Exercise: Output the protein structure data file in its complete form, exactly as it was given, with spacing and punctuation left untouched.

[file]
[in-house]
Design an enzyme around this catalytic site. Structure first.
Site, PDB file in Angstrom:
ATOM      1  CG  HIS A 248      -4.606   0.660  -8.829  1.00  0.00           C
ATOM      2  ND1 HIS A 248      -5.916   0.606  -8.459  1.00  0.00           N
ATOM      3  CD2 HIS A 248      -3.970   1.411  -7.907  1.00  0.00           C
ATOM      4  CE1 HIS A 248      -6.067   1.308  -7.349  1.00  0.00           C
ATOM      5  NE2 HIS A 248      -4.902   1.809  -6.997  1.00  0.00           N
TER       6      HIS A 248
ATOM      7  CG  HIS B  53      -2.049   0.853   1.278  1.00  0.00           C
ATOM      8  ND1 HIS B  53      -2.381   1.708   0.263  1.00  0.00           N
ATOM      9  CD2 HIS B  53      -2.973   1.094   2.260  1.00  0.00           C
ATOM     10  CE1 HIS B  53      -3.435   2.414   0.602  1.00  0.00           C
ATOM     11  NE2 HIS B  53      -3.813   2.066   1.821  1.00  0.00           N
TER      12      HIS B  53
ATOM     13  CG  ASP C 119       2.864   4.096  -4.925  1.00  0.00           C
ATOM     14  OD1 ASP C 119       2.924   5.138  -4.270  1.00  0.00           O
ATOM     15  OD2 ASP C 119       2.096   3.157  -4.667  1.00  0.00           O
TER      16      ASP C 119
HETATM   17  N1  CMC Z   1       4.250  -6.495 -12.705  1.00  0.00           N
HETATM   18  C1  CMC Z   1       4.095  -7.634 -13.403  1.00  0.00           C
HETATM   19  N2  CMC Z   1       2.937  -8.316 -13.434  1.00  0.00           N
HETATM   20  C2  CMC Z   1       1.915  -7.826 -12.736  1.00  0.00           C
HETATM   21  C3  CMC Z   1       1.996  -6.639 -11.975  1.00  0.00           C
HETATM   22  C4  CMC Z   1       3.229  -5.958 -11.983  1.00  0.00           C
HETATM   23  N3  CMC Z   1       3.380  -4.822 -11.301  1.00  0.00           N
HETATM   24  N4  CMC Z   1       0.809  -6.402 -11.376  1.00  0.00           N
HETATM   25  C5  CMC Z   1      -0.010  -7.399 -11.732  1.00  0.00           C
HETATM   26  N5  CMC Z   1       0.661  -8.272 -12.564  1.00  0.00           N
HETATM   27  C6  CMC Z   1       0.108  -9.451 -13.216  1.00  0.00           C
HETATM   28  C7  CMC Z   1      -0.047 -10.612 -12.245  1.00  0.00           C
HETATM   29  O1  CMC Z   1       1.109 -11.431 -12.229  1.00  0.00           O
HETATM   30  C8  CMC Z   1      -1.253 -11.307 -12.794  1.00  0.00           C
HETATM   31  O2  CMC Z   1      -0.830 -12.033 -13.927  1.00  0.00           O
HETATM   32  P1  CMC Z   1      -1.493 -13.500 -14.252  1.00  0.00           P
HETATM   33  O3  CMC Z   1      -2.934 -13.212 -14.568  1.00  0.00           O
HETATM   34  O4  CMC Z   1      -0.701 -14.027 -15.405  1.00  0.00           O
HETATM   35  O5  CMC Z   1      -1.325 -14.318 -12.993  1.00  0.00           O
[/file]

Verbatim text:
[in-house]
Design an enzyme around this catalytic site. Structure first.
Site, PDB file in Angstrom:
ATOM      1  CG  HIS A 248      -4.606   0.660  -8.829  1.00  0.00           C
ATOM      2  ND1 HIS A 248      -5.916   0.606  -8.459  1.00  0.00           N
ATOM      3  CD2 HIS A 248      -3.970   1.411  -7.907  1.00  0.00           C
ATOM      4  CE1 HIS A 248      -6.067   1.308  -7.349  1.00  0.00           C
ATOM      5  NE2 HIS A 248      -4.902   1.809  -6.997  1.00  0.00           N
TER       6      HIS A 248
ATOM      7  CG  HIS B  53      -2.049   0.853   1.278  1.00  0.00           C
ATOM      8  ND1 HIS B  53      -2.381   1.708   0.263  1.00  0.00           N
ATOM      9  CD2 HIS B  53      -2.973   1.094   2.260  1.00  0.00           C
ATOM     10  CE1 HIS B  53      -3.435   2.414   0.602  1.00  0.00           C
ATOM     11  NE2 HIS B  53      -3.813   2.066   1.821  1.00  0.00           N
TER      12      HIS B  53
ATOM     13  CG  ASP C 119       2.864   4.096  -4.925  1.00  0.00           C
ATOM     14  OD1 ASP C 119       2.924   5.138  -4.270  1.00  0.00           O
ATOM     15  OD2 ASP C 119       2.096   3.157  -4.667  1.00  0.00           O
TER      16      ASP C 119
HETATM   17  N1  CMC Z   1       4.250  -6.495 -12.705  1.00  0.00           N
HETATM   18  C1  CMC Z   1       4.095  -7.634 -13.403  1.00  0.00           C
HETATM   19  N2  CMC Z   1       2.937  -8.316 -13.434  1.00  0.00           N
HETATM   20  C2  CMC Z   1       1.915  -7.826 -12.736  1.00  0.00           C
HETATM   21  C3  CMC Z   1       1.996  -6.639 -11.975  1.00  0.00           C
HETATM   22  C4  CMC Z   1       3.229  -5.958 -11.983  1.00  0.00           C
HETATM   23  N3  CMC Z   1       3.380  -4.822 -11.301  1.00  0.00           N
HETATM   24  N4  CMC Z   1       0.809  -6.402 -11.376  1.00  0.00           N
HETATM   25  C5  CMC Z   1      -0.010  -7.399 -11.732  1.00  0.00           C
HETATM   26  N5  CMC Z   1       0.661  -8.272 -12.564  1.00  0.00           N
HETATM   27  C6  CMC Z   1       0.108  -9.451 -13.216  1.00  0.00           C
HETATM   28  C7  CMC Z   1      -0.047 -10.612 -12.245  1.00  0.00           C
HETATM   29  O1  CMC Z   1       1.109 -11.431 -12.229  1.00  0.00           O
HETATM   30  C8  CMC Z   1      -1.253 -11.307 -12.794  1.00  0.00           C
HETATM   31  O2  CMC Z   1      -0.830 -12.033 -13.927  1.00  0.00           O
HETATM   32  P1  CMC Z   1      -1.493 -13.500 -14.252  1.00  0.00           P
HETATM   33  O3  CMC Z   1      -2.934 -13.212 -14.568  1.00  0.00           O
HETATM   34  O4  CMC Z   1      -0.701 -14.027 -15.405  1.00  0.00           O
HETATM   35  O5  CMC Z   1      -1.325 -14.318 -12.993  1.00  0.00           O